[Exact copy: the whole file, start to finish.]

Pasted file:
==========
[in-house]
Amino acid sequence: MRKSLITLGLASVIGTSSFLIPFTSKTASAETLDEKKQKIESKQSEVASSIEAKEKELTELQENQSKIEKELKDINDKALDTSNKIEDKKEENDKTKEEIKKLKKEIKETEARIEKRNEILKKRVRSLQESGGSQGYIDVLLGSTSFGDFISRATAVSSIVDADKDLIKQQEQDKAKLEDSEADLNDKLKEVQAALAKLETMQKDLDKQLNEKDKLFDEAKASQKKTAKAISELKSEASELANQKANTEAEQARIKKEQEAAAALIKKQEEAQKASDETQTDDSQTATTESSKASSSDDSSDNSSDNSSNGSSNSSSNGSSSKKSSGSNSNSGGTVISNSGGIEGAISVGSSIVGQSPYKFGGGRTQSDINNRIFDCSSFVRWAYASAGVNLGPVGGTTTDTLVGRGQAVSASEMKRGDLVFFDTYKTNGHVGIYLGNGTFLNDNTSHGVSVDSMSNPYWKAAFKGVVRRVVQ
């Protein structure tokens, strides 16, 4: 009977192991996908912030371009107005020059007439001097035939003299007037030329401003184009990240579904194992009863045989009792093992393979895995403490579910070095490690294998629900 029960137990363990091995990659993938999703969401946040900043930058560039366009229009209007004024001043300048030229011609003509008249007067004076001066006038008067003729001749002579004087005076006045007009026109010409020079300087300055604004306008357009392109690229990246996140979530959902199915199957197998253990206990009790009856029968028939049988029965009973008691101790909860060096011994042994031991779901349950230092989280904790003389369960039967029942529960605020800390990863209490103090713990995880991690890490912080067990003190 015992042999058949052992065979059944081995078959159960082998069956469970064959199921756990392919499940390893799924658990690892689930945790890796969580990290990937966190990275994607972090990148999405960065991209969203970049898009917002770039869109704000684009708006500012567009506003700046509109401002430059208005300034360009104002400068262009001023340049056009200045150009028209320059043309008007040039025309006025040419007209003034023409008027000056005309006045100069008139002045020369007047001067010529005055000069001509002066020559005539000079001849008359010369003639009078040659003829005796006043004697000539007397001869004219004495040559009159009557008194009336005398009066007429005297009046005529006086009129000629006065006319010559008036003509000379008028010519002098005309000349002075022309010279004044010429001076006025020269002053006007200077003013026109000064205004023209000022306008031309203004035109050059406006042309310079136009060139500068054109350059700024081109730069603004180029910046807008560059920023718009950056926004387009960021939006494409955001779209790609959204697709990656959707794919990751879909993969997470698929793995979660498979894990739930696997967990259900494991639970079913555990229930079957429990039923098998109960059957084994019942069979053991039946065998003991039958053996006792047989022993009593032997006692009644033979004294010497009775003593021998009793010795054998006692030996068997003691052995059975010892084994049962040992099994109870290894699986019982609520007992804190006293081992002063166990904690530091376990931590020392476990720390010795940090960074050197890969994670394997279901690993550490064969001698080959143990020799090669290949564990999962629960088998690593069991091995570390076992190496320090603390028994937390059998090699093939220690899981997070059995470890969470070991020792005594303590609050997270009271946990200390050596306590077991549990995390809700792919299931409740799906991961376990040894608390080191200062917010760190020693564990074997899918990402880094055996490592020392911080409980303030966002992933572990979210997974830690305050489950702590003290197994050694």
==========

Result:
[in-house]
Amino acid sequence: MRKSLITLGLASVIGTSSFLIPFTSKTASAETLDEKKQKIESKQSEVASSIEAKEKELTELQENQSKIEKELKDINDKALDTSNKIEDKKEENDKTKEEIKKLKKEIKETEARIEKRNEILKKRVRSLQESGGSQGYIDVLLGSTSFGDFISRATAVSSIVDADKDLIKQQEQDKAKLEDSEADLNDKLKEVQAALAKLETMQKDLDKQLNEKDKLFDEAKASQKKTAKAISELKSEASELANQKANTEAEQARIKKEQEAAAALIKKQEEAQKASDETQTDDSQTATTESSKASSSDDSSDNSSDNSSNGSSNSSSNGSSSKKSSGSNSNSGGTVISNSGGIEGAISVGSSIVGQSPYKFGGGRTQSDINNRIFDCSSFVRWAYASAGVNLGPVGGTTTDTLVGRGQAVSASEMKRGDLVFFDTYKTNGHVGIYLGNGTFLNDNTSHGVSVDSMSNPYWKAAFKGVVRRVVQ
């Protein structure tokens, strides 16, 4: 009977192991996908912030371009107005020059007439001097035939003299007037030329401003184009990240579904194992009863045989009792093992393979895995403490579910070095490690294998629900 029960137990363990091995990659993938999703969401946040900043930058560039366009229009209007004024001043300048030229011609003509008249007067004076001066006038008067003729001749002579004087005076006045007009026109010409020079300087300055604004306008357009392109690229990246996140979530959902199915199957197998253990206990009790009856029968028939049988029965009973008691101790909860060096011994042994031991779901349950230092989280904790003389369960039967029942529960605020800390990863209490103090713990995880991690890490912080067990003190 015992042999058949052992065979059944081995078959159960082998069956469970064959199921756990392919499940390893799924658990690892689930945790890796969580990290990937966190990275994607972090990148999405960065991209969203970049898009917002770039869109704000684009708006500012567009506003700046509109401002430059208005300034360009104002400068262009001023340049056009200045150009028209320059043309008007040039025309006025040419007209003034023409008027000056005309006045100069008139002045020369007047001067010529005055000069001509002066020559005539000079001849008359010369003639009078040659003829005796006043004697000539007397001869004219004495040559009159009557008194009336005398009066007429005297009046005529006086009129000629006065006319010559008036003509000379008028010519002098005309000349002075022309010279004044010429001076006025020269002053006007200077003013026109000064205004023209000022306008031309203004035109050059406006042309310079136009060139500068054109350059700024081109730069603004180029910046807008560059920023718009950056926004387009960021939006494409955001779209790609959204697709990656959707794919990751879909993969997470698929793995979660498979894990739930696997967990259900494991639970079913555990229930079957429990039923098998109960059957084994019942069979053991039946065998003991039958053996006792047989022993009593032997006692009644033979004294010497009775003593021998009793010795054998006692030996068997003691052995059975010892084994049962040992099994109870290894699986019982609520007992804190006293081992002063166990904690530091376990931590020392476990720390010795940090960074050197890969994670394997279901690993550490064969001698080959143990020799090669290949564990999962629960088998690593069991091995570390076992190496320090603390028994937390059998090699093939220690899981997070059995470890969470070991020792005594303590609050997270009271946990200390050596306590077991549990995390809700792919299931409740799906991961376990040894608390080191200062917010760190020693564990074997899918990402880094055996490592020392911080409980303030966002992933572990979210997974830690305050489950702590003290197994050694």